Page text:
Accepted academic practice for referencing sources that you use in presentations can be found via the links on the Wattle site, under the file named “ANU and College Policies, Program Information, Student Support Services and Assessment”. Alternatively, you can seek help through the Students Learning Development website.
Extensions and Penalties
Extensions and late submission of assessment pieces are covered by the Student Assessment (Coursework) Policy and Procedure. The Course Convener may grant extensions for assessment pieces that are not examinations or take-home examinations. If you need an extension, you must request an extension in writing on or before the due date. If you have documented and appropriate medical evidence that demonstrates you were not able to request an extension on or before the due date, you may be able to request it after the due date.
Distribution of grades policy
Academic Quality Assurance Committee monitors the performance of students, including attrition, further study and employment rates and grade distribution, and College reports on quality assurance processes for assessment activities, including alignment with national and international disciplinary and interdisciplinary standards, as well as qualification type learning outcomes.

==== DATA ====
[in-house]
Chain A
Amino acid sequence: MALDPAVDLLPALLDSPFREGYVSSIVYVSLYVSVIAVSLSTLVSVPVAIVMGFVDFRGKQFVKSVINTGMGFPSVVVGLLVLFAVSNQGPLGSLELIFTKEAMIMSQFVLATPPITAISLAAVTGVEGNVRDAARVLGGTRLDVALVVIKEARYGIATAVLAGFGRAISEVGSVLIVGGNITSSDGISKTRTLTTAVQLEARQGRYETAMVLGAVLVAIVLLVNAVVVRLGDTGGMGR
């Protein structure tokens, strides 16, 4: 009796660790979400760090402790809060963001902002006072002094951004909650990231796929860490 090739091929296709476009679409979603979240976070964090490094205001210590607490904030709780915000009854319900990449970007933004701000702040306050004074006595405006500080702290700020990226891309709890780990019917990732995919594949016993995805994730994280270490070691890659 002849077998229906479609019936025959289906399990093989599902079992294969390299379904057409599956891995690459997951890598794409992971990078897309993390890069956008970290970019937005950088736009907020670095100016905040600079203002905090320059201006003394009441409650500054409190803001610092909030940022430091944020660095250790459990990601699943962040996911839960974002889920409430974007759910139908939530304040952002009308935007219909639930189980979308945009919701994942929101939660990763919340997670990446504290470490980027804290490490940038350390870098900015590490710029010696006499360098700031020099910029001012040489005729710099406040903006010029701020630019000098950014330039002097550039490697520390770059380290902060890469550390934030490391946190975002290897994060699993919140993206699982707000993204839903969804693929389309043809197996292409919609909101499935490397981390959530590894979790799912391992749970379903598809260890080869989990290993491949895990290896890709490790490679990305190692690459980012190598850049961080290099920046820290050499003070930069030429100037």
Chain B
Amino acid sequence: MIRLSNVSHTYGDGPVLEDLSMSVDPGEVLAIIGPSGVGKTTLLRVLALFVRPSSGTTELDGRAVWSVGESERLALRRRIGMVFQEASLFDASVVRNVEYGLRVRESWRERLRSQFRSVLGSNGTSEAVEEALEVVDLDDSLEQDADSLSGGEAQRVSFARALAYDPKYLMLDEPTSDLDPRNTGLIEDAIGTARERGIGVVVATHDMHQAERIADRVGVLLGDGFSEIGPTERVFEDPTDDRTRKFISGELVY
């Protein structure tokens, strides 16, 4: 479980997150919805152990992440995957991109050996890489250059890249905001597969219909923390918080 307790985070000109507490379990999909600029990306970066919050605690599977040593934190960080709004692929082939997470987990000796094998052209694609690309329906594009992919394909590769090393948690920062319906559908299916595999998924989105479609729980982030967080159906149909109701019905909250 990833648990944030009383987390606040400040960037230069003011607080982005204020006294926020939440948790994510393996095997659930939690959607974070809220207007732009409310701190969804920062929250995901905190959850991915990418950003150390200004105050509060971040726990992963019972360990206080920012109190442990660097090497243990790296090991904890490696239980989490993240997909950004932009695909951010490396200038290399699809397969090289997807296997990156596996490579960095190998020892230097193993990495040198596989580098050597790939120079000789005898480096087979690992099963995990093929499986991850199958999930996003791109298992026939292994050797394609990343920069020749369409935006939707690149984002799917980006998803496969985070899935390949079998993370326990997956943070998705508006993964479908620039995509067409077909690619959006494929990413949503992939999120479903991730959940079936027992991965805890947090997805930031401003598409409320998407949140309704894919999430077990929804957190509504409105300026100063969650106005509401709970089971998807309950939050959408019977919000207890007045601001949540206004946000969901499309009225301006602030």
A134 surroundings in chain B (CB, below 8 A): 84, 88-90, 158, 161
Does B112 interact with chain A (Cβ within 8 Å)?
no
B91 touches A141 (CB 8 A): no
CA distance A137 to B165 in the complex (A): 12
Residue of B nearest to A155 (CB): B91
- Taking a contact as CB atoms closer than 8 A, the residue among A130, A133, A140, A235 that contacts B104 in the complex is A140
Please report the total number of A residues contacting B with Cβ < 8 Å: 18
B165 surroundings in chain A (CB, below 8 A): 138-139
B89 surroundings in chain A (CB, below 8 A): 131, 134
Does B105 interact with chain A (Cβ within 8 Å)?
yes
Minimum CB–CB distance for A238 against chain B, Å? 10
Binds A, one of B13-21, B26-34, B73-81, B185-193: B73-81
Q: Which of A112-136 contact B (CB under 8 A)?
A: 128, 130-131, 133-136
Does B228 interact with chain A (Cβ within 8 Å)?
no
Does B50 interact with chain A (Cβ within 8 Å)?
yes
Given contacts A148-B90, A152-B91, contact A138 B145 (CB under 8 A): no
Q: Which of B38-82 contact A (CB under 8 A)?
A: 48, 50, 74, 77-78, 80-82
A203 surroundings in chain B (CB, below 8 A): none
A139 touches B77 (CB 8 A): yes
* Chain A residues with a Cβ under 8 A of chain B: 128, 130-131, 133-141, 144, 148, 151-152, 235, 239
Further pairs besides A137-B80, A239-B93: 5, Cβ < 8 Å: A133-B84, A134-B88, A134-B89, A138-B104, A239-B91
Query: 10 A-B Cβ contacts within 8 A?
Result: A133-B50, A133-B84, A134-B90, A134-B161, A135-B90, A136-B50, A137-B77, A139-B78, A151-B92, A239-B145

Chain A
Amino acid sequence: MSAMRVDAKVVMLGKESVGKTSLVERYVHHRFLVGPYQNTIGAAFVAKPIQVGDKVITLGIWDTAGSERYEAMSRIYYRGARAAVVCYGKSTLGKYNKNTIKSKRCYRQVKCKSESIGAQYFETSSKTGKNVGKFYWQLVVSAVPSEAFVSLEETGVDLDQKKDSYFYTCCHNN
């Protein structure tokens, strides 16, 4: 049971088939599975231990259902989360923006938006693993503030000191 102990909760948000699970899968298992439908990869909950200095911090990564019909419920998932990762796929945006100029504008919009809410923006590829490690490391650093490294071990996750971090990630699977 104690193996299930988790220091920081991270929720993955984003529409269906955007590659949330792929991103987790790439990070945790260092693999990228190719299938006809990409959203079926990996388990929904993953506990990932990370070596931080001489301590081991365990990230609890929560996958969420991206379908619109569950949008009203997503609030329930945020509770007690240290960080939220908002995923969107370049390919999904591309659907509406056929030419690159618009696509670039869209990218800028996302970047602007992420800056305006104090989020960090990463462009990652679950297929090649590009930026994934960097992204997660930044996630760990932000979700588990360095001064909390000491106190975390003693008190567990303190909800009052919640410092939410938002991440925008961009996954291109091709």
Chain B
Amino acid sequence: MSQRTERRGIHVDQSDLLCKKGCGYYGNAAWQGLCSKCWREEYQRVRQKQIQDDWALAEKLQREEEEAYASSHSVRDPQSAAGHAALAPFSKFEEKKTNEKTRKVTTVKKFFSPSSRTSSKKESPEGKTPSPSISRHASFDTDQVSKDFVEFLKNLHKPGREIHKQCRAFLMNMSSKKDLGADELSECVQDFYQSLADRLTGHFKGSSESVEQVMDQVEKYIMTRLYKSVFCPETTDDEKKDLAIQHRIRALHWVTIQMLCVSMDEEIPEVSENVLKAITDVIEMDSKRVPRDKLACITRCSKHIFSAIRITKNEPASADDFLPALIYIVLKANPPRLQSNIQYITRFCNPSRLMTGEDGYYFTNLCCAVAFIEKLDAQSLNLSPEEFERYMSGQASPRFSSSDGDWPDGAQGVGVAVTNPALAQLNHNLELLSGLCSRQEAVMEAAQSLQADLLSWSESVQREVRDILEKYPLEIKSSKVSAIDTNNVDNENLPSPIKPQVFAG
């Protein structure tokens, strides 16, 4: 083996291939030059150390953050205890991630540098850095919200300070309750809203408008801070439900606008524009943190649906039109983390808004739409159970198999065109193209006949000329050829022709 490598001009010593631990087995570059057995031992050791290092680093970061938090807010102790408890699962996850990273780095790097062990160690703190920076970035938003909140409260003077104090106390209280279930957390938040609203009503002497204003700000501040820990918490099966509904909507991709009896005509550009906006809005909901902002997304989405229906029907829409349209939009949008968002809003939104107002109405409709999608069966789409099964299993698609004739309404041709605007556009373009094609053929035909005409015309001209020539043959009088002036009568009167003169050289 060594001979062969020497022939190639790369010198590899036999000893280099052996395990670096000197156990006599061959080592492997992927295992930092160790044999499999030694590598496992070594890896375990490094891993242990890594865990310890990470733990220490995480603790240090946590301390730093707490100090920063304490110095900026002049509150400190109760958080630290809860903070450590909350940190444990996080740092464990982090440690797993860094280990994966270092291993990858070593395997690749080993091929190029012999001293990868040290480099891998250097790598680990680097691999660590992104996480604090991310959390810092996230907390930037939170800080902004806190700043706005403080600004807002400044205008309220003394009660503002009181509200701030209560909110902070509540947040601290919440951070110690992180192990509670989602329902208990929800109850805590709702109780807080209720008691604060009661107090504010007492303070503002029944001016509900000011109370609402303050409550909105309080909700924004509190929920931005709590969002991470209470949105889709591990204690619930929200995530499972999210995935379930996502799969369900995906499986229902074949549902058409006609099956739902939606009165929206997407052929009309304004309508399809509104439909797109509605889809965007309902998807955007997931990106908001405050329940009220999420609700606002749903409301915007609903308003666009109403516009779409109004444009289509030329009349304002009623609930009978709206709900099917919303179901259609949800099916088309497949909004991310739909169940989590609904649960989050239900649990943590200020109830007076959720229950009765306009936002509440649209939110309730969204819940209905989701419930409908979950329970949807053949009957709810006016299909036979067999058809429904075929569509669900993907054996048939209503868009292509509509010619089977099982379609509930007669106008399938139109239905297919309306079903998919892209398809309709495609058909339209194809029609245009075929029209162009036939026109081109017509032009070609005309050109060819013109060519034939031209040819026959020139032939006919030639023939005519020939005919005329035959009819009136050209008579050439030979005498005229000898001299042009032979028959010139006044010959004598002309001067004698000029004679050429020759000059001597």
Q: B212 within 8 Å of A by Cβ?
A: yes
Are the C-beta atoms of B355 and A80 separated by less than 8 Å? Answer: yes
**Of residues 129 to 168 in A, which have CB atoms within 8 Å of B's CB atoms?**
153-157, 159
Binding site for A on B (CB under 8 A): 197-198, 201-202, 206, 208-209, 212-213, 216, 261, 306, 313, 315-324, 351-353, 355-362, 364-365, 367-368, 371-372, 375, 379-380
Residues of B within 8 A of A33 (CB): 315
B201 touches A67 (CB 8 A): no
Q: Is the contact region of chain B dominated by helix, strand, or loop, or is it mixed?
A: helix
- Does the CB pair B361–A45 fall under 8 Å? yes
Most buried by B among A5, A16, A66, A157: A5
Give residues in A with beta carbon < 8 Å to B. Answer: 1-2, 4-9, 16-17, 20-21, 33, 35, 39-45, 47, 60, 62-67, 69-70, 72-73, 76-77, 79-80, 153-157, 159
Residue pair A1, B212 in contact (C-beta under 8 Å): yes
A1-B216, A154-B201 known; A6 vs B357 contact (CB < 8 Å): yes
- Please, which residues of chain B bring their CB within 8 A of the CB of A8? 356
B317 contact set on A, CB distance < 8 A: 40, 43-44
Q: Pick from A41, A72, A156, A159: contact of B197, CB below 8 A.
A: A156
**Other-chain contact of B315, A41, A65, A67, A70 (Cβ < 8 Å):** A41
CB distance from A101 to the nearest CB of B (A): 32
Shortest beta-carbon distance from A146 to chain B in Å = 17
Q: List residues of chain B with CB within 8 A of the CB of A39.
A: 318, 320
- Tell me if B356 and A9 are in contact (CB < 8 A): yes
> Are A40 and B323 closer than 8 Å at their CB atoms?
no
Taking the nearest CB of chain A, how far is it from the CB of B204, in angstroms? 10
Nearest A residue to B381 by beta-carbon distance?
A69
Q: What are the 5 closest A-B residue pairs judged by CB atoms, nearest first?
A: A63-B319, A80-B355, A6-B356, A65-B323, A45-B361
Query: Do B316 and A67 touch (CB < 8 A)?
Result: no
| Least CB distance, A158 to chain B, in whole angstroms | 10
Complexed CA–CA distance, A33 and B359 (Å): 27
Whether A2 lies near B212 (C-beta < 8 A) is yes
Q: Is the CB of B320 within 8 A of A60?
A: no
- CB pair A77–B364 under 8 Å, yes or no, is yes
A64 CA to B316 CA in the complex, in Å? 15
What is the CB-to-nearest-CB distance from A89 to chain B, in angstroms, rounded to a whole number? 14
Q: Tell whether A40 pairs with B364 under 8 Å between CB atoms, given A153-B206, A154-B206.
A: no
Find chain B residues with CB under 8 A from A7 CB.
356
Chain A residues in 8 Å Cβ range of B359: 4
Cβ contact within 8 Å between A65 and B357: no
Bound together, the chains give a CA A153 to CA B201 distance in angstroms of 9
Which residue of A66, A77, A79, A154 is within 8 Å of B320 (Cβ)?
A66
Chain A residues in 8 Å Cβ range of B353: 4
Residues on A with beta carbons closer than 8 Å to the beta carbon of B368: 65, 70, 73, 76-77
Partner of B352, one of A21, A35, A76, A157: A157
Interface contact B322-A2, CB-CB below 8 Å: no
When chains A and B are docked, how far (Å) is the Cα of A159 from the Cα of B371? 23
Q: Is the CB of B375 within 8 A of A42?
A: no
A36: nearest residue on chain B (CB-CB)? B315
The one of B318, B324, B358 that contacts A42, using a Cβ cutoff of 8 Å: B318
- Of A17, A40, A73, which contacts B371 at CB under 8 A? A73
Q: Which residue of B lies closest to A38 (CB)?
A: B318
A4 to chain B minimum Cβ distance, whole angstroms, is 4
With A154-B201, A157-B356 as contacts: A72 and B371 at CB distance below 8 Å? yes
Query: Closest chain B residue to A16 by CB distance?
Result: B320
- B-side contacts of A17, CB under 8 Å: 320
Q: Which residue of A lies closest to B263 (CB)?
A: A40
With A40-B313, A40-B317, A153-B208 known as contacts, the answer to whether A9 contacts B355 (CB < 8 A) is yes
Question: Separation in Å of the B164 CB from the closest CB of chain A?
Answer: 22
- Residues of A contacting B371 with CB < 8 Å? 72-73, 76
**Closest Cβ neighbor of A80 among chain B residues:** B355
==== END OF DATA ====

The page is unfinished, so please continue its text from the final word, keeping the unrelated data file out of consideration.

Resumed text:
Since first semester 1994, ANU uses a grading scale for all courses. This grading scale is used by all academic areas of the University.
Support for students
The University offers students support through several different services. You may contact the services listed below directly or seek advice from your Course Convener, Student Administrators, or your College and Course representatives (if applicable).
- ANU Health, safety & wellbeing for medical services, counselling, mental health and spiritual support
- ANU Diversity and inclusion for students with a disability or ongoing or chronic illness
- ANU Dean of Students for confidential, impartial advice and help to resolve problems between students and the academic or administrative areas of the University
- ANU Academic Skills and Learning Centre supports you make your own decisions about how you learn and manage your workload.
- ANU Counselling Centre promotes, supports and enhances mental health and wellbeing within the University student community.
- ANUSA supports and represents undergraduate and ANU College students
- PARSA supports and represents postgraduate and research students